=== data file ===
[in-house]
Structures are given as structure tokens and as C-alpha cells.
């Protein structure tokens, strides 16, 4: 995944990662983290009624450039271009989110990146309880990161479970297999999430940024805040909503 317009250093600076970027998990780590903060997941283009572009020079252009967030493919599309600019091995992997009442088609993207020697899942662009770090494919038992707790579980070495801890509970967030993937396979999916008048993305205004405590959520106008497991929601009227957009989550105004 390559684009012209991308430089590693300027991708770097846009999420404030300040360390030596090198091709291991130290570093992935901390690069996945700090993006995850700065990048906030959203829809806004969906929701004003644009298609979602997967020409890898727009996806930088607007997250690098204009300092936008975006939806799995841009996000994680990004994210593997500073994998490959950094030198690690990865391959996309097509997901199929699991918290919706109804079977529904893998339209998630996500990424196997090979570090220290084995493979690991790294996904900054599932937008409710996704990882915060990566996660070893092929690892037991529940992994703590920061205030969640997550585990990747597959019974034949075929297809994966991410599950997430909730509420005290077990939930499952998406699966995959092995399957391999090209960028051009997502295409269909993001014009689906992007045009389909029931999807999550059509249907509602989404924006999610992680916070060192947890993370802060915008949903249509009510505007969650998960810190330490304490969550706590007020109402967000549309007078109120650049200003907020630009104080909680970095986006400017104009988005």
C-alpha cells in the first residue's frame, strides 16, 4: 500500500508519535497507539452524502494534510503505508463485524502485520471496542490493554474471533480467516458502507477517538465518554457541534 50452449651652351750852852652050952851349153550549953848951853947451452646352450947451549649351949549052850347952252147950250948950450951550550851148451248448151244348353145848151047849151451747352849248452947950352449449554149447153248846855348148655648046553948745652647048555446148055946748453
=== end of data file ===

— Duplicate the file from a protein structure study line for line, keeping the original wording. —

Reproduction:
[in-house]
Structures are given as structure tokens and as C-alpha cells.
């Protein structure tokens, strides 16, 4: 995944990662983290009624450039271009989110990146309880990161479970297999999430940024805040909503 317009250093600076970027998990780590903060997941283009572009020079252009967030493919599309600019091995992997009442088609993207020697899942662009770090494919038992707790579980070495801890509970967030993937396979999916008048993305205004405590959520106008497991929601009227957009989550105004 390559684009012209991308430089590693300027991708770097846009999420404030300040360390030596090198091709291991130290570093992935901390690069996945700090993006995850700065990048906030959203829809806004969906929701004003644009298609979602997967020409890898727009996806930088607007997250690098204009300092936008975006939806799995841009996000994680990004994210593997500073994998490959950094030198690690990865391959996309097509997901199929699991918290919706109804079977529904893998339209998630996500990424196997090979570090220290084995493979690991790294996904900054599932937008409710996704990882915060990566996660070893092929690892037991529940992994703590920061205030969640997550585990990747597959019974034949075929297809994966991410599950997430909730509420005290077990939930499952998406699966995959092995399957391999090209960028051009997502295409269909993001014009689906992007045009389909029931999807999550059509249907509602989404924006999610992680916070060192947890993370802060915008949903249509009510505007969650998960810190330490304490969550706590007020109402967000549309007078109120650049200003907020630009104080909680970095986006400017104009988005």
C-alpha cells in the first residue's frame, strides 16, 4: 500500500508519535497507539452524502494534510503505508463485524502485520471496542490493554474471533480467516458502507477517538465518554457541534 50452449651652351750852852652050952851349153550549953848951853947451452646352450947451549649351949549052850347952252147950250948950450951550550851148451248448151244348353145848151047849151451747352849248452947950352449449554149447153248846855348148655648046553948745652647048555446148055946748453